Timber cutting

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HOSS

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herfordsires post on logging prompted me to post some questions regarding select cutting certain species of trees. I have considered having alot of the mature poplars on my place cut. A local logger told me that good straight poplars are bringing 500.00 per mbf here. I have probably 150 tall, mature poplars that I may like to sell. Does anyone know where I can get a log rule that will calculate board feet? Are they hard to use? I would kind of like to know how much I have in board feet to see if the hassle of cutting it worth while. What is the norm for cutting on shares??? 60/40, 50/50 etc..

Thanks
 
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HOSS

HOSS

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HerefordSire":3kt198ov said:
Are they water locked? How many do you think you have?

When you say water locked I assume that you mean that water has to be negotiated to get to the trees??? They are not water loacked. Access is easy through a pasture. Terrain is very flat. I have maybe 150 poplar trees. Most are very straight and maybe 50 to 60 feet tall.
 

HerefordSire

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HOSS":xh8uz1lj said:
HerefordSire":xh8uz1lj said:
Are they water locked? How many do you think you have?

When you say water locked I assume that you mean that water has to be negotiated to get to the trees??? They are not water loacked. Access is easy through a pasture. Terrain is very flat. I have maybe 150 poplar trees. Most are very straight and maybe 50 to 60 feet tall.

You can find a formula on the net or Joe could tell you. Generally, has to do with measuring diameter at chest high then estimating height and then plug in formula.
 

grannysoo

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My 2 cents worth, for what it's worth......

Forget about talking to the logger and find you a forester. This is someone that is in the business of getting timber sold. They can give you a good idea if it's a good time to sell or not, and will solicit bids.

The last batch of hardwoods that we sold had bids from 13k up to 38k. My forester got 4% of the bid price as his fee. He was more than well worth it.

He also got me bids on resetting trees, he marked boundries, made sure I got paid, and kept an eye on the process.

A good forester will make you money!
 

grannysoo

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HerefordSire":p81vcfav said:
You can find a formula on the net or Joe could tell you. Generally, has to do with measuring diameter at chest high then estimating height and then plug in formula.

It's called "cruising" timber. It's the closest thing that you'll find to voodoo and witchdoctors.

Some are good at it, and some are quacks.....
 

dun

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grannysoo":hzgyig2e said:
My 2 cents worth, for what it's worth......

Forget about talking to the logger and find you a forester. This is someone that is in the business of getting timber sold. They can give you a good idea if it's a good time to sell or not, and will solicit bids.

The last batch of hardwoods that we sold had bids from 13k up to 38k. My forester got 4% of the bid price as his fee. He was more than well worth it.

He also got me bids on resetting trees, he marked boundries, made sure I got paid, and kept an eye on the process.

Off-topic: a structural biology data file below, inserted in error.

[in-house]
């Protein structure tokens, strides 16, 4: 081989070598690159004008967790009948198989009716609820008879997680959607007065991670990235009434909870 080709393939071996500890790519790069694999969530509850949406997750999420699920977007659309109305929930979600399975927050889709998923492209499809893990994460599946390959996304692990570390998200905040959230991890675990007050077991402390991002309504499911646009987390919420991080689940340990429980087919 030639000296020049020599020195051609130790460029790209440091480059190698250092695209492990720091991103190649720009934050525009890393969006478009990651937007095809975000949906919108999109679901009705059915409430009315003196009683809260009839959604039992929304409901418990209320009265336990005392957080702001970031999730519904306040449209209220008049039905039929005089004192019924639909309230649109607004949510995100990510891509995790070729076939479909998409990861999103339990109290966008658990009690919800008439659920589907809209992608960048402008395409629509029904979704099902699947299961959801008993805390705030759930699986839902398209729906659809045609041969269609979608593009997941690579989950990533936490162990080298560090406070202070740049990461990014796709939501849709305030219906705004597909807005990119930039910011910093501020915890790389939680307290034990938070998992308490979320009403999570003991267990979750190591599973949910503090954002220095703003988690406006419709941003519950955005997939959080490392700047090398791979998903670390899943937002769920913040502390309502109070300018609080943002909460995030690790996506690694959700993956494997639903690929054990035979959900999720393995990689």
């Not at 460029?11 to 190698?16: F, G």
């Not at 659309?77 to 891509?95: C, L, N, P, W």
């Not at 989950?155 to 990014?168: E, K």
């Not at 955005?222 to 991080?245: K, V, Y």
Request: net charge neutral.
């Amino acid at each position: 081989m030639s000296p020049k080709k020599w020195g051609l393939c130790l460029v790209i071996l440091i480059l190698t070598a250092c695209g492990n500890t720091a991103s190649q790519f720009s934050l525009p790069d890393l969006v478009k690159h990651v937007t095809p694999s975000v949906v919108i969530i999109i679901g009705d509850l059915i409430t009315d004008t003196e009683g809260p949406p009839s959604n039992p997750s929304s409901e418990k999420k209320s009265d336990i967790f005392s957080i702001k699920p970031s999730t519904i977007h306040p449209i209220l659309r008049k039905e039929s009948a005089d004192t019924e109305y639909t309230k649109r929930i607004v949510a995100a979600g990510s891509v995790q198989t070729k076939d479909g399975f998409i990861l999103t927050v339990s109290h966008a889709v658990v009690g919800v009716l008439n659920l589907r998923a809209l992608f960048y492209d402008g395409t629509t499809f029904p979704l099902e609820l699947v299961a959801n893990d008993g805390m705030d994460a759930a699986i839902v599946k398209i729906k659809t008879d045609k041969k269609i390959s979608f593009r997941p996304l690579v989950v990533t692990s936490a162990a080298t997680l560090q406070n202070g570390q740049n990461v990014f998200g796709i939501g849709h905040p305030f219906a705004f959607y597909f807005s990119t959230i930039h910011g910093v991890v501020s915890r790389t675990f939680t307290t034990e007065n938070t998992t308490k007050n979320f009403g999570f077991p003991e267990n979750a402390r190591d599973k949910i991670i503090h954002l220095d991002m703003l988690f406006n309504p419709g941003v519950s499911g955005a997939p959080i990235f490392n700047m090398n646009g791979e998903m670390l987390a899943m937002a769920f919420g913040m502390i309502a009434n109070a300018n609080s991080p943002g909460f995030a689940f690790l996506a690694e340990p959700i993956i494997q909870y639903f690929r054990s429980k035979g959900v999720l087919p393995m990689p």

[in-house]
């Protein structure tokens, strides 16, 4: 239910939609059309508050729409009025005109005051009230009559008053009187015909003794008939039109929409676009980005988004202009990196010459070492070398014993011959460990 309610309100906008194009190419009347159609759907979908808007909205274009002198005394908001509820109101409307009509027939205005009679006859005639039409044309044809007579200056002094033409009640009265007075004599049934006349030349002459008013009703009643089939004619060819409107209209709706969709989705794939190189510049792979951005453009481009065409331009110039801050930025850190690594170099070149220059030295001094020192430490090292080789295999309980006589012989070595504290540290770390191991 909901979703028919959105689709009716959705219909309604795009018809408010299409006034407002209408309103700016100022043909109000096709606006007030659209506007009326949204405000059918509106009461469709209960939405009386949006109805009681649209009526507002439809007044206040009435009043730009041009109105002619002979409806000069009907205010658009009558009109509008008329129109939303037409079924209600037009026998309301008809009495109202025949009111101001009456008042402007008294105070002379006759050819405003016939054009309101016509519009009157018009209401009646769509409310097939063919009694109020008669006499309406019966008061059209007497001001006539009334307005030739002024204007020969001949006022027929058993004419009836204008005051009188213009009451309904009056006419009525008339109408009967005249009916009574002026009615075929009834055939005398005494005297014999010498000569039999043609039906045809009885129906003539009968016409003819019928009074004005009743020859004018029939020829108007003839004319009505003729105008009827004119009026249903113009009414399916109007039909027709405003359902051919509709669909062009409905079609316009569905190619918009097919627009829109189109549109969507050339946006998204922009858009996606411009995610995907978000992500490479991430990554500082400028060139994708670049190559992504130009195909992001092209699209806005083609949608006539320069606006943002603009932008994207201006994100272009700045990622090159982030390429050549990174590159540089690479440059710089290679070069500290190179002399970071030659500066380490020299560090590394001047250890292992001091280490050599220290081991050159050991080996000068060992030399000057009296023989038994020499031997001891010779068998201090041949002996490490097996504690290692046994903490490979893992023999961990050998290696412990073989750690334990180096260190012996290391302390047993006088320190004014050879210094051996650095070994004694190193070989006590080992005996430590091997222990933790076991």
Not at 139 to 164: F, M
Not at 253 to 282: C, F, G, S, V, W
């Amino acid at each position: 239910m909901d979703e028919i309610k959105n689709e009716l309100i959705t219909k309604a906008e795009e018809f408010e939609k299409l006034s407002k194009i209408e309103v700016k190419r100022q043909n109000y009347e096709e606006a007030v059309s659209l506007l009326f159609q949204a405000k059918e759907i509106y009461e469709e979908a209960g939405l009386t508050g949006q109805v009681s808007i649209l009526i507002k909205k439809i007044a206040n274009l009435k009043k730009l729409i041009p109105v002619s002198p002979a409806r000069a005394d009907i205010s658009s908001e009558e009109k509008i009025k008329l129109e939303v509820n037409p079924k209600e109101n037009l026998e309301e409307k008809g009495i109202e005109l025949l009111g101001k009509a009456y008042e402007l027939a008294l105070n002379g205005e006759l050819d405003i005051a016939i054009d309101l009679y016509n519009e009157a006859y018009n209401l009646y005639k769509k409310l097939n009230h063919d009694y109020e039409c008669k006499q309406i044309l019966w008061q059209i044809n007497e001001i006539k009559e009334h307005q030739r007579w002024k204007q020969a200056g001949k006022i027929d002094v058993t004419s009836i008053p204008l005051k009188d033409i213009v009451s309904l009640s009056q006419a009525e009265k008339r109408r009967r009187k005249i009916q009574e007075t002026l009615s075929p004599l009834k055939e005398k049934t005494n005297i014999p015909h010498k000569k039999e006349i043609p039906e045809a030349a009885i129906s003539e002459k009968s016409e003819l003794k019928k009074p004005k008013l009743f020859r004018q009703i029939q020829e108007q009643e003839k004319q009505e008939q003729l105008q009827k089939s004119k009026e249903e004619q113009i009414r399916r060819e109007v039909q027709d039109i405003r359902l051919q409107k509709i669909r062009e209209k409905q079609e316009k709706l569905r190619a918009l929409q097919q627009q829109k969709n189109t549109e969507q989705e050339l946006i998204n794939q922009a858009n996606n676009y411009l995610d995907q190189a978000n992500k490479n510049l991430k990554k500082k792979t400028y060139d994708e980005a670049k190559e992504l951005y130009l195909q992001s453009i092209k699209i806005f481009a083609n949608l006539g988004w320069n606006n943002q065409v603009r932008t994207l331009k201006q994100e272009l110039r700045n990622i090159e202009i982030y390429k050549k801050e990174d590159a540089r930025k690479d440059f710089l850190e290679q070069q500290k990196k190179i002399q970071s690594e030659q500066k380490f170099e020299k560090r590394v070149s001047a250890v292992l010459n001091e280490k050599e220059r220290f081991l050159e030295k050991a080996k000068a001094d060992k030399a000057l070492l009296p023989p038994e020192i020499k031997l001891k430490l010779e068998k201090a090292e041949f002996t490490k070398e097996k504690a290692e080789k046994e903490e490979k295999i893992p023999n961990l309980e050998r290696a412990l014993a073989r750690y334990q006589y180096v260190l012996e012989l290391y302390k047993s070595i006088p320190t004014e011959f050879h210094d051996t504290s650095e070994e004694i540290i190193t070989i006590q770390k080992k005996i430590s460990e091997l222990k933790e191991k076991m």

A good forester will make you money!
Your state Conservation Dept. is a good place to start
 

xbred

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a timber appraiser will give you an appraisal of your timber, but I've found them to be fairly conservative, meaning they will usually tell you the low end of what your timber is worth and or the low end of your timber amount. this is so they have given you an estimate that you should be able to get fairly easy. I still reccomend a reputable timber appraiser, as the other posters have mentioned. but by all means get several quotes for you timber, it can range greatly. of course get an insured logging service...
 

kenny thomas

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All good advice. To add to it the timber business is in a worse slump than the cattle business. If you can hold it it will be worth more later. When and if you do decide to sell PM me and I can give you some advice. I deal with loggers and timber companies almost every day. They are really having a hard time now.
 

Red Bull Breeder

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150 trees is not that big of job. Would be less than 10 semi loads, unless they are big trees. Find a well respected local logger and get him to look at you trees.
 

ga. prime

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Didn't Al Gore as Governor of the state shut down all the saw mills in Tennessee, thus making logging there unprofitable because of the prohibitive cost of hauling logs to neighboring states? I know somebody that bought 1500 acres of prime timberland in Tennessee thinking they were going to make a profit selling wood off it. Found out the haul bill to the nearest sawmill down in Georgia was going to be more than the logs were worth. Land got re-sold without the first tree being cut.
 

Jogeephus

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HOSS":3ilpz1q5 said:
herfordsires post on logging prompted me to post some questions regarding select cutting certain species of trees. I have considered having alot of the mature poplars on my place cut. A local logger told me that good straight poplars are bringing 500.00 per mbf here. I have probably 150 tall, mature poplars that I may like to sell. Does anyone know where I can get a log rule that will calculate board feet? Are they hard to use? I would kind of like to know how much I have in board feet to see if the hassle of cutting it worth while. What is the norm for cutting on shares??? 60/40, 50/50 etc..

Thanks

There are a lot of log rules. I suspect from the timber type and the prices he is telling you that the log rule you are wanting is the Doyle 78 rule since it is large hardwood. I'm also guessing he is talking delivered prices.